jeudi 26 août 2010

Who is pushing the enveloppe ? ... Art versus Enjoyment

Bob Shingleton's On an overgrown path raises the question of who is pushing the envelope for classical music. I can think of 2 names which are clear examples although not simple ones:
  • If you do not come to the Met, its new manager Peter Gelb is ensuring that it goes to you via the now celebrated simulcast movie theaters performances. If on the one hand, he is still struggling to get New York audiences to appreciate anything than the stagings they have had for several centuries (see Toscagate here), opera is definitely finding new channels via the broadcast which have combined quality reproduction and live feelings.
  • The closes that Classical Music has of a Lady Ga-Ga is Lang Lang. No offence to the pianist but even Karajan did not have a line of scarves and shoes at his effigy. He definitely is reaching audiences that would not hear classical music otherwise (as judged by the fact that his concerts are populated by people who applaude after every movement and loose attention when he plays very advanced ultra-modern composers like ... Prokofiev or Albeniz). He also can be congratulated by having a wide repertory, ie not always playing Tchaikowsky's First Piano Concerto ad nauseam (or the Yellow River concerto, which the Chinese equivalent and a much better piece). He is immensely talented but he is a showman that distorts the works by extreme of tempis with little sense of the music architectures. Yes, he is bringing music to new ears but he is serving him and less the composers.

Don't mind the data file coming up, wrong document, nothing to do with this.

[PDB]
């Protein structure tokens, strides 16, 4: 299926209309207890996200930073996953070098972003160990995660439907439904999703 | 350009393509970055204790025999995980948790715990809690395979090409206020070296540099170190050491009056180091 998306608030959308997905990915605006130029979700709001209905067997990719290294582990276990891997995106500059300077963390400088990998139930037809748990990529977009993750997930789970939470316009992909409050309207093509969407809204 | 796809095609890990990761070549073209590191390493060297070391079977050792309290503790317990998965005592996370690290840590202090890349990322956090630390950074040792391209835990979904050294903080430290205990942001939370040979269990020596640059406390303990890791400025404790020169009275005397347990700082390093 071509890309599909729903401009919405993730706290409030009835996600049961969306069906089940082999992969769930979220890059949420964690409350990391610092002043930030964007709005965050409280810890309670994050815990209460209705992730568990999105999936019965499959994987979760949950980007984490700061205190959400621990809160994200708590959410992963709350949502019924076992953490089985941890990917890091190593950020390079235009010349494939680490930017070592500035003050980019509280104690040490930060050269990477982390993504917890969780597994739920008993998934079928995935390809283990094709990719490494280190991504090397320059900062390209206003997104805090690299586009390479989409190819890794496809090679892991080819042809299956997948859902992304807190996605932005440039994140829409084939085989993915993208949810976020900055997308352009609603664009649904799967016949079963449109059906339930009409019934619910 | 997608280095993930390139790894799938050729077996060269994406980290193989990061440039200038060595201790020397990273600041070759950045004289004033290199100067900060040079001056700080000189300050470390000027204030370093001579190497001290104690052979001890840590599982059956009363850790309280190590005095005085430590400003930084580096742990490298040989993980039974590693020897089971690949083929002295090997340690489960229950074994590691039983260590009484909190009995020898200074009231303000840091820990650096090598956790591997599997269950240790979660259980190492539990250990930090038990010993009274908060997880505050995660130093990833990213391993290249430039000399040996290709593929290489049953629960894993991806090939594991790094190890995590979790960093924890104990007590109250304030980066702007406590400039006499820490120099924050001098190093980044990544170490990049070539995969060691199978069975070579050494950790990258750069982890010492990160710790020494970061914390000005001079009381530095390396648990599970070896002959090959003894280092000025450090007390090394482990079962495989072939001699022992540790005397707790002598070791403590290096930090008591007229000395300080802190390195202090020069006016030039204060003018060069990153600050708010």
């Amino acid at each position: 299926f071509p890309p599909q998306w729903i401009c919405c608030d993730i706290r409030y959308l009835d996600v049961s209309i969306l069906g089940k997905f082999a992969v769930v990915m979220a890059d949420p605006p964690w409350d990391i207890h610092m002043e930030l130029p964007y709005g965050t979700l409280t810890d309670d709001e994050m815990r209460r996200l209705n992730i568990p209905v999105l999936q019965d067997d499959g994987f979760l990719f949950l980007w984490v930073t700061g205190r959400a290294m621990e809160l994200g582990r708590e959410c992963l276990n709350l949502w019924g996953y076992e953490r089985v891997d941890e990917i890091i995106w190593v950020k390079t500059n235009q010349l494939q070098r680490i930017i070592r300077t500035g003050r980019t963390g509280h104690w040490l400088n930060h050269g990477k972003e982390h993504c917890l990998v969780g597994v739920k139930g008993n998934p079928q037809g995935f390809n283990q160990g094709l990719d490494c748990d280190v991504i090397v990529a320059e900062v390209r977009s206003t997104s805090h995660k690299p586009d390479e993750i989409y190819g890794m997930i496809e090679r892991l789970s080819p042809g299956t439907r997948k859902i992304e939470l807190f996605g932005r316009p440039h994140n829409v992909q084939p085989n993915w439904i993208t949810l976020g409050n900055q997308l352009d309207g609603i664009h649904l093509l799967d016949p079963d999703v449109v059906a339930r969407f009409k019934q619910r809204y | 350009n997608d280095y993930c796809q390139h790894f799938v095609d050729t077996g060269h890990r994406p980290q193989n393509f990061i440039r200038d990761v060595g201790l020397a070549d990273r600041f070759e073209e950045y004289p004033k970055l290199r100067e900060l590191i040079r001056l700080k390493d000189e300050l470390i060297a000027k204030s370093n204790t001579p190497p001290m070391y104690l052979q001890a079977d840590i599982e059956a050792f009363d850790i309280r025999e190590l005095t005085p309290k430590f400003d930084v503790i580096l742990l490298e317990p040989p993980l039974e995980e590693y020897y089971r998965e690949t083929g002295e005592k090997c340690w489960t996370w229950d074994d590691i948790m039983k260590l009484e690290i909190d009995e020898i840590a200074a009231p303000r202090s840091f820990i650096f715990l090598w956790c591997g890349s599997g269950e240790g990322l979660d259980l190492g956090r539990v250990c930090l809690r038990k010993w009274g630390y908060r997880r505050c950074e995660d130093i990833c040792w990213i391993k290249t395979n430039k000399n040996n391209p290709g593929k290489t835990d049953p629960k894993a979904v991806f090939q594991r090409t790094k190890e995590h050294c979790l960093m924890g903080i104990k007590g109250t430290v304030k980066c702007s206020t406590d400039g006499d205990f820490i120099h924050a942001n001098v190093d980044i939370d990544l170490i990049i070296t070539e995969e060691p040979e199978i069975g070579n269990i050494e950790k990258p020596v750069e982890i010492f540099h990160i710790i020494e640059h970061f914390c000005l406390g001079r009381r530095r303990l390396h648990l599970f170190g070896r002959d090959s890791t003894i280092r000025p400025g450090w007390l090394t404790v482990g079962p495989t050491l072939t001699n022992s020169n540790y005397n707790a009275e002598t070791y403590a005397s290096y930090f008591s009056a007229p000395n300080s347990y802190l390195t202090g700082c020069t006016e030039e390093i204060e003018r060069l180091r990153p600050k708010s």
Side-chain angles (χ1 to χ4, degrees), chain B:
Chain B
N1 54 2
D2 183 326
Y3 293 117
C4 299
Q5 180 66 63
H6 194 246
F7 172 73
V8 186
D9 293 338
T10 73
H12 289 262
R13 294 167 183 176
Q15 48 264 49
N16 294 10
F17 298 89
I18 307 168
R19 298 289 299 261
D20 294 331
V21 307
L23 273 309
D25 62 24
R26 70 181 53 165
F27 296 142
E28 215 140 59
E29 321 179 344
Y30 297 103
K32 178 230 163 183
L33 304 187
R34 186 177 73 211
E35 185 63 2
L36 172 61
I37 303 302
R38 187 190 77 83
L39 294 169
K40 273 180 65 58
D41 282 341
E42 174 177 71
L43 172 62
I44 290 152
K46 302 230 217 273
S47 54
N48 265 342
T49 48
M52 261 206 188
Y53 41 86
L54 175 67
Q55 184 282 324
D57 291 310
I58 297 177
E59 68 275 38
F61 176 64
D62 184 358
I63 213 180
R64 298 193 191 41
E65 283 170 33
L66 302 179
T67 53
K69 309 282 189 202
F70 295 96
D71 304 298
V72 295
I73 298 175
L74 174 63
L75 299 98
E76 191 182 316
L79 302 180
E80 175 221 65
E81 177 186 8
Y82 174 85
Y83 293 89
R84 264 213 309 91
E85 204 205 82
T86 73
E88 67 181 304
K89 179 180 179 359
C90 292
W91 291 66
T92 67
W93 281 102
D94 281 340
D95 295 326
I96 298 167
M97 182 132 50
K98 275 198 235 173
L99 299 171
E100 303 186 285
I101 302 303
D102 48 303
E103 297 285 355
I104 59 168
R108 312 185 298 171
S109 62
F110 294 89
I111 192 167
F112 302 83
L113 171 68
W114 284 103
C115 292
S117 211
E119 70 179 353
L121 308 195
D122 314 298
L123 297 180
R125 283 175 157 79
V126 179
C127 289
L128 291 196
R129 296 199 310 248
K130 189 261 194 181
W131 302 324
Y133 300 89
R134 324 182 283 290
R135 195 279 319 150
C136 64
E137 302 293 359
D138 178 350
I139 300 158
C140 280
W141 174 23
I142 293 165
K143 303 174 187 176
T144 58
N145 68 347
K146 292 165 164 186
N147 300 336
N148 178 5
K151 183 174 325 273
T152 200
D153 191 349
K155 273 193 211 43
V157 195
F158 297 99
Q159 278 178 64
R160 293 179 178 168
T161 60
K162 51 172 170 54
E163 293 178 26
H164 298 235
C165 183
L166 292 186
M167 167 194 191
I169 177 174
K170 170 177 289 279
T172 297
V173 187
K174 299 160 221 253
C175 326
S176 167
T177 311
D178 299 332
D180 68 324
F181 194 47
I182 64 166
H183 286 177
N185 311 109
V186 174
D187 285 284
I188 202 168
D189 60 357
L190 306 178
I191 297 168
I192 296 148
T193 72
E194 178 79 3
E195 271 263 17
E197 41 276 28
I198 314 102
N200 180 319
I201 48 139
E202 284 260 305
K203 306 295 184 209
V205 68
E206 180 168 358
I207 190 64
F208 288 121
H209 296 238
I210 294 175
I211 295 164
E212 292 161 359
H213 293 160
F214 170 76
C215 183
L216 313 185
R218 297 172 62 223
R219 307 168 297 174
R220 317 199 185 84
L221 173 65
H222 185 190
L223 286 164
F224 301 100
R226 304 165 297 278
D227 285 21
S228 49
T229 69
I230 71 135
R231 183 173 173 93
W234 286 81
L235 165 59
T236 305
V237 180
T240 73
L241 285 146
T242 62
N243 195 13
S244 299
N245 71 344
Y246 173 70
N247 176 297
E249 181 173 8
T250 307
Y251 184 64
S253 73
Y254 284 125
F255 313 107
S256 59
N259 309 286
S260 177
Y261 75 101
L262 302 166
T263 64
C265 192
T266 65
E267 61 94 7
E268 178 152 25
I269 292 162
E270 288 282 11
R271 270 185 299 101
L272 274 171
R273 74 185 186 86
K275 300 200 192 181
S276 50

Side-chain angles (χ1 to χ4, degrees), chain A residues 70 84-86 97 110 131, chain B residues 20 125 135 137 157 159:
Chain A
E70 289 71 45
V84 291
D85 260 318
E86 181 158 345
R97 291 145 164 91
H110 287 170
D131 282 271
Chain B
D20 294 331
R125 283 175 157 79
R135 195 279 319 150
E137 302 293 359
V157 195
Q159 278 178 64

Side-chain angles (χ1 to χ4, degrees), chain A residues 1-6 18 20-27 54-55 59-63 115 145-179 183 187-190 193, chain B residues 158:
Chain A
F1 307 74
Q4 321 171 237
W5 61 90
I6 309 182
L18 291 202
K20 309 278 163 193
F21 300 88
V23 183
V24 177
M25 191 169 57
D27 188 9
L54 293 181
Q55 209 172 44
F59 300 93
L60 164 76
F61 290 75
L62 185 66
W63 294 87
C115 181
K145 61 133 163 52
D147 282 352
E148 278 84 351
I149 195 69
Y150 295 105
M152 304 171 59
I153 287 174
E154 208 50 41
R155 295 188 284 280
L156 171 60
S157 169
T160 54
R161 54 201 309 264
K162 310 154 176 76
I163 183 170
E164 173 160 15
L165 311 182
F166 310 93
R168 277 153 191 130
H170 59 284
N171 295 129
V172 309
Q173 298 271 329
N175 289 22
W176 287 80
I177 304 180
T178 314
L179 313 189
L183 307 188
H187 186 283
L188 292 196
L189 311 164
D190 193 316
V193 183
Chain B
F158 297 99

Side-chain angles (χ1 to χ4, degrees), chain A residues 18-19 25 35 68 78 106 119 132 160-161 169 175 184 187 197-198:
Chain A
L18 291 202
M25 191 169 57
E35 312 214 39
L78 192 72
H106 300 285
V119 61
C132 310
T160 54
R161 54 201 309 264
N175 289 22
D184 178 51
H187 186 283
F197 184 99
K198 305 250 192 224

It is important to push audiences and bring them to our worldbut the challenge is to do this while not vulgarising works whose value can be appreciated only by active listening of the audience. As we say, art not enjoyment ...

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